Implementation of a Continuous Delivery Pipeline for Enterprise Architecture Model Evolution
Since it beginnings in the 1980’s, Enterprise Architecture (EA) has developed to an established discipline. The ISO 42010:2011 defines architecture as the “fundamental concepts or properties of a system in its environment embodied in its elements, relationships, and in the principles of its design and evolution”. The term Enterprise Architecture describes the architecture at the level of an entire organisation.
During the lifetime of an enterprise its EA is expected to change heavily and continuously due to many different sources for changes. As our research assumes a project-driven environment, we will refer to projects as the main source of changes.
Changes caused by projects can be contradictory in terms of added or removed components of the EA model or in terms of time. It can be the case that one project has an older state of the business-wide EA model than other projects have, thus working on outdated informations causing massive problems to merge the different EA model states. Therefore, the task of manual EA model evolution maintenance is very time consuming and error prone.
Hacks et. al. designed a concept of an automisation of the EA model evolution maintenance process in form of a Continuous Delivery Deployment Pipeline for Enterprise Architecture Model Evolution [Hac+19]. In this thesis the concept will be implemented and refined if necessary.
Background and Motivation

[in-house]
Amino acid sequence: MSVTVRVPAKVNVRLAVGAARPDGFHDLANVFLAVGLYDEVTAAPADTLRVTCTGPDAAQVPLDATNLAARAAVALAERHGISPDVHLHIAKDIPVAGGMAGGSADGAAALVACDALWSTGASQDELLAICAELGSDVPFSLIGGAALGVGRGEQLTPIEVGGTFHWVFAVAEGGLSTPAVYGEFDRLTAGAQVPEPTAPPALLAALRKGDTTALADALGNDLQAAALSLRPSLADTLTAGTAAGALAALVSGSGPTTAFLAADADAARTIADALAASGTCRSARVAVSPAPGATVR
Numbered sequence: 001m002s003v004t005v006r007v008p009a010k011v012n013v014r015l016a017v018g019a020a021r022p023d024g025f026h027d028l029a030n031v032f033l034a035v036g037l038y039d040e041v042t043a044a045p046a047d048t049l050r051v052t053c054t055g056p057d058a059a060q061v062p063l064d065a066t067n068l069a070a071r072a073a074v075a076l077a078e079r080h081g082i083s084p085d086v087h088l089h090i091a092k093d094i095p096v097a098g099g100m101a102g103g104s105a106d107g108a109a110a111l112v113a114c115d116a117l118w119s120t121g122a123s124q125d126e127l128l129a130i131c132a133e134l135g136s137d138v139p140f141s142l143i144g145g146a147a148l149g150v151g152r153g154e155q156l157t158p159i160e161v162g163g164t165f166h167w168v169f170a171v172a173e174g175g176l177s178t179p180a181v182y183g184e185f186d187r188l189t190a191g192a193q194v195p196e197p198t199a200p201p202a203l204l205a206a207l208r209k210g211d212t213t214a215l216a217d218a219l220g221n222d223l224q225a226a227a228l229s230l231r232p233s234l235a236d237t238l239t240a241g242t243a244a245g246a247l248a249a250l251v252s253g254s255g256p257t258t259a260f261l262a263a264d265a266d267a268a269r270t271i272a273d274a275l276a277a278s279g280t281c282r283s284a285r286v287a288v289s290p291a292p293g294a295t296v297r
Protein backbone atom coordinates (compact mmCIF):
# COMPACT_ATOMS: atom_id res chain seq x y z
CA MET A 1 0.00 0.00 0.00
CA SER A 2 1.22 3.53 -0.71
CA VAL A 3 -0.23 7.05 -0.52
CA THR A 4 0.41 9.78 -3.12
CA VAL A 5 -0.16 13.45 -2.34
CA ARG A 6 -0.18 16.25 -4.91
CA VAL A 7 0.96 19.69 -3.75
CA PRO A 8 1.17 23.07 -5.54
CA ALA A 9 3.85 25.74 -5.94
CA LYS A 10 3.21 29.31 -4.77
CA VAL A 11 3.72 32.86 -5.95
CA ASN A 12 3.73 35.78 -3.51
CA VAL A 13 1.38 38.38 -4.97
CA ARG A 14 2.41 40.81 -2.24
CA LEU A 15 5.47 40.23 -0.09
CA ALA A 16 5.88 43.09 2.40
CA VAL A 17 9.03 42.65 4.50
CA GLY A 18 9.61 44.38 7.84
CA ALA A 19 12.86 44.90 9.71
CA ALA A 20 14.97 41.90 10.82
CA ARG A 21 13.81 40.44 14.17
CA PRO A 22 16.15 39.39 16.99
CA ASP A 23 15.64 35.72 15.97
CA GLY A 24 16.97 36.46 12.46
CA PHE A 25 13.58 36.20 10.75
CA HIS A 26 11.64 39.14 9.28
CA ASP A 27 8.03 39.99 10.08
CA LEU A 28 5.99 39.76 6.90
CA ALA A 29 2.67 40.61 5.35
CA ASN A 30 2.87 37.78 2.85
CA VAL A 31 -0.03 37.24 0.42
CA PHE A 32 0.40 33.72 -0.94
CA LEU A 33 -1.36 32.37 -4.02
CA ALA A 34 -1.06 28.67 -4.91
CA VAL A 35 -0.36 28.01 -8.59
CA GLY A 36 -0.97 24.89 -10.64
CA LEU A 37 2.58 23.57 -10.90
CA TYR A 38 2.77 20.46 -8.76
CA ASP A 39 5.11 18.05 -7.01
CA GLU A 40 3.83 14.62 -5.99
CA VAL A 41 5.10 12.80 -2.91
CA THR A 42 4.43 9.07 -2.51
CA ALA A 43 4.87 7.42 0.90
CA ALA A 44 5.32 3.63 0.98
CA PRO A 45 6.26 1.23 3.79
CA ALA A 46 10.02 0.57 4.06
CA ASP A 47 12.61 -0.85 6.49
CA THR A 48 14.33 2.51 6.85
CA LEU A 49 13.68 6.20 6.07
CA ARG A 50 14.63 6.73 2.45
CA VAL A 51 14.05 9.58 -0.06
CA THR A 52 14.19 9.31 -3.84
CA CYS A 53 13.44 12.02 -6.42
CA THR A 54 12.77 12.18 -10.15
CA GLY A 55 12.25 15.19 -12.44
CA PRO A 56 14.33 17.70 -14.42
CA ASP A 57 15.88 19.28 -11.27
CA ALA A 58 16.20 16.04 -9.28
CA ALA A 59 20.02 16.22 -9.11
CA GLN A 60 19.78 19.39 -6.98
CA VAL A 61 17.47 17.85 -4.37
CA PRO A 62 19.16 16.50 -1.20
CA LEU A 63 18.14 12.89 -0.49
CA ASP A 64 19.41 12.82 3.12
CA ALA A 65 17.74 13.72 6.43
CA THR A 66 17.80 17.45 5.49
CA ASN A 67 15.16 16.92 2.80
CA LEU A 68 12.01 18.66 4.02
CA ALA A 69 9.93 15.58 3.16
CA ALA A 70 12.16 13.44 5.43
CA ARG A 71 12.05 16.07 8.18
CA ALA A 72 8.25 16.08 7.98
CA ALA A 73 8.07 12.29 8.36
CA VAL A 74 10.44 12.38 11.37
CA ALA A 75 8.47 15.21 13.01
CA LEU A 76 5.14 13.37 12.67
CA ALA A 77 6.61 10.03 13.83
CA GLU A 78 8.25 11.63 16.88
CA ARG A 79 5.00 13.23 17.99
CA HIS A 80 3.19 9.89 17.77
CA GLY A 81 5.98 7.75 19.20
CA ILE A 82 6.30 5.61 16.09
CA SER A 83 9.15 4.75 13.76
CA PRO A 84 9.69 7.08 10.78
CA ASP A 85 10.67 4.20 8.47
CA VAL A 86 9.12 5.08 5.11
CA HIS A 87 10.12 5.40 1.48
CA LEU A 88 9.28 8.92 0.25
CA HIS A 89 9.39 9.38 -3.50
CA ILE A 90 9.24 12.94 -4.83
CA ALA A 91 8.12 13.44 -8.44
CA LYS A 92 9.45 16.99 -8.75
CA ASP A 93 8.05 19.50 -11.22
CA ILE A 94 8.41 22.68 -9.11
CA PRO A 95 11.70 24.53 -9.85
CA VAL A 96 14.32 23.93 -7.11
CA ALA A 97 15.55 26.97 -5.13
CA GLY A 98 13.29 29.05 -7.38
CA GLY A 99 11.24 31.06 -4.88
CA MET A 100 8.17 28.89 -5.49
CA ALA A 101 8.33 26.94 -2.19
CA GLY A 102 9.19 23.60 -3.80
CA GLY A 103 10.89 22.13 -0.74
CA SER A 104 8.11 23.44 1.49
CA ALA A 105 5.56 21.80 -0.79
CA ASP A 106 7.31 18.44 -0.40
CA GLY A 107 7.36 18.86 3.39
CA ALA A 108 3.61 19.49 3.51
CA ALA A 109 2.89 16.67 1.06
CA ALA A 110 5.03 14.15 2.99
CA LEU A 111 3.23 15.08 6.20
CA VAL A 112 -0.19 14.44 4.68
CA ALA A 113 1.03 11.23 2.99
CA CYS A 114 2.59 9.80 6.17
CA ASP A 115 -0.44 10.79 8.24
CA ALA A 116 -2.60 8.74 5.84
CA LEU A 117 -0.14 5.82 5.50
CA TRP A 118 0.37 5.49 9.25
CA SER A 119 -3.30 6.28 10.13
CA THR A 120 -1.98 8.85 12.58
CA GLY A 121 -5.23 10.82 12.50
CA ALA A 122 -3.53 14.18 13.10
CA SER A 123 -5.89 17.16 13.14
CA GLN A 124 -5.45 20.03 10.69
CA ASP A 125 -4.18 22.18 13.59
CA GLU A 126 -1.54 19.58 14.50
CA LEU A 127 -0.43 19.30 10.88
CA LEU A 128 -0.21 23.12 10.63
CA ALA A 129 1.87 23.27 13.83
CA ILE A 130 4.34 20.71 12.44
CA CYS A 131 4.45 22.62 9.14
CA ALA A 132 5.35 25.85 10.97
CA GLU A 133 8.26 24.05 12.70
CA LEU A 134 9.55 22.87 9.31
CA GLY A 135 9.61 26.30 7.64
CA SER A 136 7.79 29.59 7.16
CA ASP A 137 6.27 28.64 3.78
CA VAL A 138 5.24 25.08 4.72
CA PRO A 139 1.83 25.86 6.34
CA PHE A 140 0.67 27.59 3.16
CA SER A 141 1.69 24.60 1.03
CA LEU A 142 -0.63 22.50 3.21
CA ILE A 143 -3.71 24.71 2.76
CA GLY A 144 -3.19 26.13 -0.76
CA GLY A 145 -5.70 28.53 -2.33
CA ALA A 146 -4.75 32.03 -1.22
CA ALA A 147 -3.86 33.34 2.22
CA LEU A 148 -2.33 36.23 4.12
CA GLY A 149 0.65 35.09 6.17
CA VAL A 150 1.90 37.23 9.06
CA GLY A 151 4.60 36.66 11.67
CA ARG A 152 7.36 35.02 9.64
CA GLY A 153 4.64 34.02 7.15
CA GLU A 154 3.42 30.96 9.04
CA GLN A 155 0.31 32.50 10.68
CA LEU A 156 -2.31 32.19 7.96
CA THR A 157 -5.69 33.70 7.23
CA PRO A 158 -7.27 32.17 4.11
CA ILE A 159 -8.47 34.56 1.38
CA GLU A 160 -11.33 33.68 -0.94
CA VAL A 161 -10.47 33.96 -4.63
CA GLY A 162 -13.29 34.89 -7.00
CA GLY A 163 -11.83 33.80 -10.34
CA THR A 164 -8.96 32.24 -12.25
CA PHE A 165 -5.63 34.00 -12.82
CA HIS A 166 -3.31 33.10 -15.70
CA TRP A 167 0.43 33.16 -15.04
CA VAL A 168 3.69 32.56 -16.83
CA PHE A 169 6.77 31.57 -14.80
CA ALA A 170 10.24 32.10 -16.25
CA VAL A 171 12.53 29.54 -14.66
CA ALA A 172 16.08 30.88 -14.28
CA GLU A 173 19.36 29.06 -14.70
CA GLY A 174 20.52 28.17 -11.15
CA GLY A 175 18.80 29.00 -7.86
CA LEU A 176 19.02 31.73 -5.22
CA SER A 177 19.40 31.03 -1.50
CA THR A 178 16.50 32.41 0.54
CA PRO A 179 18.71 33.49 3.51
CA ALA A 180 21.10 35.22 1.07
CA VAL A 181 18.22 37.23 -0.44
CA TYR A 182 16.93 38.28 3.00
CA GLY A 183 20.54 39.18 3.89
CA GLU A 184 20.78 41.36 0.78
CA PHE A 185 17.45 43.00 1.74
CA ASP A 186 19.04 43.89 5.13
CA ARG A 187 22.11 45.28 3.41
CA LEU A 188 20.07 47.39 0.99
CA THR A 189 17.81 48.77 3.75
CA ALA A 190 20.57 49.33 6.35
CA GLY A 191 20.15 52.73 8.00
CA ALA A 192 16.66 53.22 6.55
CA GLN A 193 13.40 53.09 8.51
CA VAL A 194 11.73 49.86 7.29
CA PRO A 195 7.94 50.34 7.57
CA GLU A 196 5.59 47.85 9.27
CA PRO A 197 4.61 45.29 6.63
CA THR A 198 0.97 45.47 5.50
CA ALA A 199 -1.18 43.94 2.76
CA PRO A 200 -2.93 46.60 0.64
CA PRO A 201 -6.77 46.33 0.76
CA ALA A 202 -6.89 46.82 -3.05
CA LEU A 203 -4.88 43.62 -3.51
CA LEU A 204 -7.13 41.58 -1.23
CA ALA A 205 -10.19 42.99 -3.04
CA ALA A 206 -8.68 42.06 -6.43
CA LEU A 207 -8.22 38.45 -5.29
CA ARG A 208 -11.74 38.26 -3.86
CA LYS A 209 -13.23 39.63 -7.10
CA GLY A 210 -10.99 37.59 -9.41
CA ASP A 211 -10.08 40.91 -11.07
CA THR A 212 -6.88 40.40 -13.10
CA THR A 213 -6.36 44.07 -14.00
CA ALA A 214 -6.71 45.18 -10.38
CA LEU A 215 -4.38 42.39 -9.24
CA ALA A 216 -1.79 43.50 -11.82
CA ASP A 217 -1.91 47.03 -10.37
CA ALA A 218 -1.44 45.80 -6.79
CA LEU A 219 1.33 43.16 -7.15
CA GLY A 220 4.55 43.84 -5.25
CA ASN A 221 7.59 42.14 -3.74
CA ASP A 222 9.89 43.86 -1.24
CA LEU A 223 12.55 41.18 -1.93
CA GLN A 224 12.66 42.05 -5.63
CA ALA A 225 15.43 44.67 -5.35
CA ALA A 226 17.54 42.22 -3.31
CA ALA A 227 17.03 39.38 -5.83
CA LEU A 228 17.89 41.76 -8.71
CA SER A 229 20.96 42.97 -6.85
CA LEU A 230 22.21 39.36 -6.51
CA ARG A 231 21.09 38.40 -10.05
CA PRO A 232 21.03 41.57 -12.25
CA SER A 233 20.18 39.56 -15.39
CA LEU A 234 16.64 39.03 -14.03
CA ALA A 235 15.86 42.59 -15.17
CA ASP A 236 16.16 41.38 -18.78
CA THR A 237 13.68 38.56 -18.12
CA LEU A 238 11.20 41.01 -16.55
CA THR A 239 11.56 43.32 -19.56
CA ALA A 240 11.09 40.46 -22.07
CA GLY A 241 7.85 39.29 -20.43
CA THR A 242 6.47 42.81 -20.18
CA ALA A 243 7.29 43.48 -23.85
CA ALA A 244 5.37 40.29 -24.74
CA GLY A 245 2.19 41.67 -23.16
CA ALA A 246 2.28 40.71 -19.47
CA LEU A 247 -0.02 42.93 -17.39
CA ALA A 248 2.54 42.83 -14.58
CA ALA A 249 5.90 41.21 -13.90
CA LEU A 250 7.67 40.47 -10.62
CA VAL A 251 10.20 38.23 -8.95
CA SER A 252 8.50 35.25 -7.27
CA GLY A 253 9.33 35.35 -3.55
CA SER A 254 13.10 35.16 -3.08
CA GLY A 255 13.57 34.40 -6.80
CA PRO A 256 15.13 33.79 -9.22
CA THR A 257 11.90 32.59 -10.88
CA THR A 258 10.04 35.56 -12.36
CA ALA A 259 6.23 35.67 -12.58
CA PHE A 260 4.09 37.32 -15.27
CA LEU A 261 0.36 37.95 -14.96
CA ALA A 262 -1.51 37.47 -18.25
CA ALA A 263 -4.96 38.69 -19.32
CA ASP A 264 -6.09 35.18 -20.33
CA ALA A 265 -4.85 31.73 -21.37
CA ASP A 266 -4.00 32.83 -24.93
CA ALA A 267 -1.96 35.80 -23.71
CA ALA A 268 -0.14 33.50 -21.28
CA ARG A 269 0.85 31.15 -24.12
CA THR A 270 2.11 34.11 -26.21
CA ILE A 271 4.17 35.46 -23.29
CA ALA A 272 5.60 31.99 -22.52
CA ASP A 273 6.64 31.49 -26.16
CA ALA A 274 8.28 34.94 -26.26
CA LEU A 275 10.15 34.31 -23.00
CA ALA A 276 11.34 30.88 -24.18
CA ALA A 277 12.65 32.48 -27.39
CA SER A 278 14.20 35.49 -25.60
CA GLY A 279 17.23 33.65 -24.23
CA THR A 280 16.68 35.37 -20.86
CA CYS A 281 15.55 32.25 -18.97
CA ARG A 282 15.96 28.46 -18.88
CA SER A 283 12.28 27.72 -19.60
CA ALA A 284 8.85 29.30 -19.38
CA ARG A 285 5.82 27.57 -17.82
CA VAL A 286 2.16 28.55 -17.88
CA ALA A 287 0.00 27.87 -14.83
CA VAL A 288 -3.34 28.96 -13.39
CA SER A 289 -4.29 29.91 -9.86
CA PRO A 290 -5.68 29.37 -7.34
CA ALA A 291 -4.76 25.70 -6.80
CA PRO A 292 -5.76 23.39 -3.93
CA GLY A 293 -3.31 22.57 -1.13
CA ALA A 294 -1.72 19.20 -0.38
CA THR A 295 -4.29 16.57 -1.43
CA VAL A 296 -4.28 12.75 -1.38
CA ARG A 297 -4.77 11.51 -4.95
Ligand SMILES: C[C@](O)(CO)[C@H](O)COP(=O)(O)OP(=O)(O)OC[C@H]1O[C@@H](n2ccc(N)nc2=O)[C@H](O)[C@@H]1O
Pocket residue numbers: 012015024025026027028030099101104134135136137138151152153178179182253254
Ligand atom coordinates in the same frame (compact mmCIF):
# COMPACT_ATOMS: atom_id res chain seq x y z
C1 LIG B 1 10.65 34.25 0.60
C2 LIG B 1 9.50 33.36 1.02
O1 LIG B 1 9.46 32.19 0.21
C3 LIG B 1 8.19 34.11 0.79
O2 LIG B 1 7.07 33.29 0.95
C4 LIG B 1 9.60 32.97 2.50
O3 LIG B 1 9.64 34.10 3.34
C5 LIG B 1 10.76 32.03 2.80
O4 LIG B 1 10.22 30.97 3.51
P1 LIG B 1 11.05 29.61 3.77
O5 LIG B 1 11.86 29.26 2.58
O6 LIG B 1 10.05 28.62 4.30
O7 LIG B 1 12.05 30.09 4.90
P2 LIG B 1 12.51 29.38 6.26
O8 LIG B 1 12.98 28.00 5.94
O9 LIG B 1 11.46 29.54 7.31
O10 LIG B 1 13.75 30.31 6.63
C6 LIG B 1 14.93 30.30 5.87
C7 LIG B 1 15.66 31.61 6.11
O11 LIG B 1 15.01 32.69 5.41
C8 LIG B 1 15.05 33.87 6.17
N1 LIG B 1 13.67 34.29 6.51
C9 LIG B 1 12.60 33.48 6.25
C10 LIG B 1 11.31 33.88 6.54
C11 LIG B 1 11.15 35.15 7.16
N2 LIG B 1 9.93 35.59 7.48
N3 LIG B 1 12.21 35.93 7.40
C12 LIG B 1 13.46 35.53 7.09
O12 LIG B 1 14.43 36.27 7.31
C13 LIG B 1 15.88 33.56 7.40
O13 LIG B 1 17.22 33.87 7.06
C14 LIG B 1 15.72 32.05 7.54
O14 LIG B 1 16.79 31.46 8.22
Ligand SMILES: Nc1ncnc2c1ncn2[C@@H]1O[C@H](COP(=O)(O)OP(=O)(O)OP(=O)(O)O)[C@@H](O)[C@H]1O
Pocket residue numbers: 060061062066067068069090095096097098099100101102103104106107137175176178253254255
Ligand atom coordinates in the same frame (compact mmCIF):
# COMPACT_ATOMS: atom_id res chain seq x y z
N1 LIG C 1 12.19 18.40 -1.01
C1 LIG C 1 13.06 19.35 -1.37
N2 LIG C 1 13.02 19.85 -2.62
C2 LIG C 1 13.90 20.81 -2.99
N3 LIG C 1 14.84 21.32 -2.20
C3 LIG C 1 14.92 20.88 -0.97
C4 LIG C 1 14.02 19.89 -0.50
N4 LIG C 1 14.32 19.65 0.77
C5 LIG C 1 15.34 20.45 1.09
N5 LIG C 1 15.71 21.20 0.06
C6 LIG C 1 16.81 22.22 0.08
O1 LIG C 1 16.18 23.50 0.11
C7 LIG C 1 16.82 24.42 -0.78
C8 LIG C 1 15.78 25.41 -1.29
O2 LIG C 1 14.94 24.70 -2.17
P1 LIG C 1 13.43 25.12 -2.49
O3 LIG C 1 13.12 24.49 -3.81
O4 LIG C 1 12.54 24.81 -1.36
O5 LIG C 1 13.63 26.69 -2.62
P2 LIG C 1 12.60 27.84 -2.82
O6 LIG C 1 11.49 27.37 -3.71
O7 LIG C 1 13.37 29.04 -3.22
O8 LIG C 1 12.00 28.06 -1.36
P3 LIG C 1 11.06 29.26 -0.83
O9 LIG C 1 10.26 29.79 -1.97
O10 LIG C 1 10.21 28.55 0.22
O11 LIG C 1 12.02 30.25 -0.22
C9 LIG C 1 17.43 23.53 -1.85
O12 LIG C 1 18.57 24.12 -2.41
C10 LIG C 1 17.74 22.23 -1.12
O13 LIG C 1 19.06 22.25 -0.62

We differentiate between different states of an enterprise architecture:
as-is : The global, i.e. business wide EA at the current point in time.
to-be : The prescriptive EA at a certain point in time in the future.
will-be : The prognostic EA at a certain point in time in the future.
special : The special, i.e. project specific deviation of the EA in a certain project.
Obviously both to-be and will-be states do not necessarily have to be equivalent as certain project specific design decisions made in the past might affect the global EA in the future and thus the achieved EA in the future might diverge from the planned EA in the future.
In a usual environment a project gets a copy of the as-is EA model and during its runtime applies changes to its copy, e.g. by adding or removing components or transitions or even whole layers of the model. Thus, having n running projects might lead to n deviations of the as-is EA model at any point in time.
This leads to many questions regarding the merging of the different EA states such that the changes in the special EA models get adapted to the as-is EA model.
– When to merge a special EA model with the as-is EA model?
– How to merge both models, i.e. how to decide and who decides which elements of the special EA model will be adopted and which will not (the level of detail might vary between both models)?